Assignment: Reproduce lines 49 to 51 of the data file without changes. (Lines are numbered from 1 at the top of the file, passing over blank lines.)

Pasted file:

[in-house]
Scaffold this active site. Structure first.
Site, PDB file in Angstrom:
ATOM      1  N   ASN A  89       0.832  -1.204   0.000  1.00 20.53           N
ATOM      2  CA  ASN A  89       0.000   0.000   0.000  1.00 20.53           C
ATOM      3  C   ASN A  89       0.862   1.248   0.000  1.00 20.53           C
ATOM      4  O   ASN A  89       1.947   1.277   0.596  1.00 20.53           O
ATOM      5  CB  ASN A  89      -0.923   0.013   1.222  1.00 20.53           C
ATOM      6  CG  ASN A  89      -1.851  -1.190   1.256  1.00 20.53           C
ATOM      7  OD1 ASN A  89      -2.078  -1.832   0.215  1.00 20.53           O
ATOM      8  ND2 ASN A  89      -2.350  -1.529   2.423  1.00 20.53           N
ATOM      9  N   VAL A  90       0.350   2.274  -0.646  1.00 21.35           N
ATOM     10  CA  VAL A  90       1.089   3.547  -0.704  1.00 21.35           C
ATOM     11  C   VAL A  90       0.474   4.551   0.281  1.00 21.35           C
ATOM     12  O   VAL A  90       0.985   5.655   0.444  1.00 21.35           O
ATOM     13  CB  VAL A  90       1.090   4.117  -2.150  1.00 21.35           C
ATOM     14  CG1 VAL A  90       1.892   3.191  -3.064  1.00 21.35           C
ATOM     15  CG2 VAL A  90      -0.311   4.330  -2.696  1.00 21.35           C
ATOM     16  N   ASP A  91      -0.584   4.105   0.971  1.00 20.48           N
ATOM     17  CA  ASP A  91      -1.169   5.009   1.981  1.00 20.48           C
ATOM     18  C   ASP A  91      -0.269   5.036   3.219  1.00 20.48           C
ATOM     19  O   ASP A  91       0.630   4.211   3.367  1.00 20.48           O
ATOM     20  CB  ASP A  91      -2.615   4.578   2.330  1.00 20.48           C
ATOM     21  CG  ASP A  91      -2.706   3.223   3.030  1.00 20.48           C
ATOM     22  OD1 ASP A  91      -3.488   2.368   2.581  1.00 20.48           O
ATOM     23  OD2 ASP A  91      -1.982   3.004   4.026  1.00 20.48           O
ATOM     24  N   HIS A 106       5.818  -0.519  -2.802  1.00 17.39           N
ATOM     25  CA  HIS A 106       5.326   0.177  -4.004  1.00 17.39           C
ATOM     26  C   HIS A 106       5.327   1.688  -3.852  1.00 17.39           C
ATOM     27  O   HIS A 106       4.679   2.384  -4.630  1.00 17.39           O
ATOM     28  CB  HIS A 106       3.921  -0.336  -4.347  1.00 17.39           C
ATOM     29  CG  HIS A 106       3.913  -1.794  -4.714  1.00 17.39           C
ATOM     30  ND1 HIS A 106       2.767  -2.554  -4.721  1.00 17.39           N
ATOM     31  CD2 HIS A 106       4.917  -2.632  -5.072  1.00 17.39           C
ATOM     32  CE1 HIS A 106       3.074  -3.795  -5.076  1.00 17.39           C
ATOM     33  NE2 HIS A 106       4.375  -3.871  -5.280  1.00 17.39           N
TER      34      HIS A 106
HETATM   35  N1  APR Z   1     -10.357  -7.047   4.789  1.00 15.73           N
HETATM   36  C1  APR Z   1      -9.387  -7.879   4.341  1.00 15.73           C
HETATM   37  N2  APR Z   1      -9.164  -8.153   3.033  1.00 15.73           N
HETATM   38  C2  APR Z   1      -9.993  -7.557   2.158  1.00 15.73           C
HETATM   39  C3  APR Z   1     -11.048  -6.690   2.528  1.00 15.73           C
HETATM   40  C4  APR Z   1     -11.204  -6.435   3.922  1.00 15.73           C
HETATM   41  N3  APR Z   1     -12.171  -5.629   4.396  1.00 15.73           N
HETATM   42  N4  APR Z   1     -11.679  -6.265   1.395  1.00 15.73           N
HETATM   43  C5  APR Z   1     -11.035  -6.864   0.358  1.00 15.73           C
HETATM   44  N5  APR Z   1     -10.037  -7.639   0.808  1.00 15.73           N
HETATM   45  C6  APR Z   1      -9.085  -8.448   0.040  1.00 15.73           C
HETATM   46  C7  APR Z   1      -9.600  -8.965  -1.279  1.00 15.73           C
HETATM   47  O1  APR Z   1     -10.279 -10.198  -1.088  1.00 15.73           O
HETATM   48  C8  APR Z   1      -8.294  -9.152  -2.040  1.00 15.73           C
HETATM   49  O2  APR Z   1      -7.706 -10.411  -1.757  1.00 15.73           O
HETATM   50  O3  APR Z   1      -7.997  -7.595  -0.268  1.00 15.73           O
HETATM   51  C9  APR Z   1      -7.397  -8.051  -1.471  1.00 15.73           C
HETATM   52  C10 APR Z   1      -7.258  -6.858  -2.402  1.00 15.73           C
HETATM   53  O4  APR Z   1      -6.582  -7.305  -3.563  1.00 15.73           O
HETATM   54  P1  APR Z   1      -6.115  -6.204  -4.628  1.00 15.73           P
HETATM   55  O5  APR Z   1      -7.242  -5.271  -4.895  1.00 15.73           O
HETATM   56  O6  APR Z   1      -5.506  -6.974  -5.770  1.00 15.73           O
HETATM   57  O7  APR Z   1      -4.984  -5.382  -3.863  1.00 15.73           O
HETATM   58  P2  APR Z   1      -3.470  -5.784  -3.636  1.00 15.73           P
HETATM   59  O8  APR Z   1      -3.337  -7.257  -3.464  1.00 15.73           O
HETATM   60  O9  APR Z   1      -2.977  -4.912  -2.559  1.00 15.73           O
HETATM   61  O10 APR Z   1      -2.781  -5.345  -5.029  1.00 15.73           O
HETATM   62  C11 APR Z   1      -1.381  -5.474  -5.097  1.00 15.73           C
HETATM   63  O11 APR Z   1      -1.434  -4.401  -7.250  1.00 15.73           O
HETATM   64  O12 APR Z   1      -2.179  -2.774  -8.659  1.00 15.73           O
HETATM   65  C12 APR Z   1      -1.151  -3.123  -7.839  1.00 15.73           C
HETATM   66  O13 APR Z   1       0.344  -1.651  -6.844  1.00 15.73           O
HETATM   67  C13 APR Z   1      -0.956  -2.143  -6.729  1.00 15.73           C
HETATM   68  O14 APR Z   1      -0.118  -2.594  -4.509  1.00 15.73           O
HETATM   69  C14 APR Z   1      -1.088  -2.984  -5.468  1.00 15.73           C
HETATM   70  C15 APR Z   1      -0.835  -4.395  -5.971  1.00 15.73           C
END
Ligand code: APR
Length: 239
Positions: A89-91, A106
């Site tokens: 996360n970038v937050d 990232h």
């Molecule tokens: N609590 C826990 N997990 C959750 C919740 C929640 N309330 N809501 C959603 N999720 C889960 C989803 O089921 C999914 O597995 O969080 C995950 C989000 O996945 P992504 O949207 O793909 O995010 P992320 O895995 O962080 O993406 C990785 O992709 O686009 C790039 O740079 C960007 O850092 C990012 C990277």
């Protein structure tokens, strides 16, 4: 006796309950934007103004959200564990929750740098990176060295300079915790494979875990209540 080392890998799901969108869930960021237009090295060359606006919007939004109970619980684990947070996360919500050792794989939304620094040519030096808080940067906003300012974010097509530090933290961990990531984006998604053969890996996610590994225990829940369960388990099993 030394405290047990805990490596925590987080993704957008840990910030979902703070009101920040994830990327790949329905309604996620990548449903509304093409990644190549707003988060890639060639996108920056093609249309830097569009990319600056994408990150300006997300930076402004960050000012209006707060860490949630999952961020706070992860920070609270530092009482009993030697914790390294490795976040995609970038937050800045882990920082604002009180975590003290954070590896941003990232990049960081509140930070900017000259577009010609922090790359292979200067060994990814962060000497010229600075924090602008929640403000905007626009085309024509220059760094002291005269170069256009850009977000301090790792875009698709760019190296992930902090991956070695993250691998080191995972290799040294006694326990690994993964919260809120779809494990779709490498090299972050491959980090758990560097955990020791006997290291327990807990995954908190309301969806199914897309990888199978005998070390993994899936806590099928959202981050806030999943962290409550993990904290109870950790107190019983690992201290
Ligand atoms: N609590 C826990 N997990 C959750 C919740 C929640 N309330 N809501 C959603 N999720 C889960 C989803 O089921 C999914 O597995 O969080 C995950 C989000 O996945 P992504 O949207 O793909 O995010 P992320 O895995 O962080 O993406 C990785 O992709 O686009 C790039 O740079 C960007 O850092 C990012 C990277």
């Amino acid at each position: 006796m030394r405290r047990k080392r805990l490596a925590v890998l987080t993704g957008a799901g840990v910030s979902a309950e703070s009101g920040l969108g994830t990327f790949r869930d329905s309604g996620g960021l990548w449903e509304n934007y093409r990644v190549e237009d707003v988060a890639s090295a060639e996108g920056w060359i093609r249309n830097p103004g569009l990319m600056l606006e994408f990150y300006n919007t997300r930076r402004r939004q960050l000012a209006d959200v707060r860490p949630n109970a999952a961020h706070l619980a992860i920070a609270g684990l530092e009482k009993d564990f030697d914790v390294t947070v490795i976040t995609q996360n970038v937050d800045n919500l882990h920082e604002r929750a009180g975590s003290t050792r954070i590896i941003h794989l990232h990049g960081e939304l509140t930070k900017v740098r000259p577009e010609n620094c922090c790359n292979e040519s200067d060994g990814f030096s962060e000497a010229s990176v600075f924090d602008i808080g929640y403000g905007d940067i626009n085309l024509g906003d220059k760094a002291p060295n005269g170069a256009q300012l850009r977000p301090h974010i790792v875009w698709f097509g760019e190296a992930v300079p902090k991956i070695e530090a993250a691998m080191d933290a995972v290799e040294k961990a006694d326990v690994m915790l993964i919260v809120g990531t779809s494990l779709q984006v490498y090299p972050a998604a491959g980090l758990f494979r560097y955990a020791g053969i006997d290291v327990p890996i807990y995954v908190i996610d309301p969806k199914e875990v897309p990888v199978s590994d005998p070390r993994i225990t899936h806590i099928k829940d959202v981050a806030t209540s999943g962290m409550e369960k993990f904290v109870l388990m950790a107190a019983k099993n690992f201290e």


HETATM   46  C7  APR Z   1      -9.600  -8.965  -1.279  1.00 15.73           C
HETATM   47  O1  APR Z   1     -10.279 -10.198  -1.088  1.00 15.73           O
HETATM   48  C8  APR Z   1      -8.294  -9.152  -2.040  1.00 15.73           C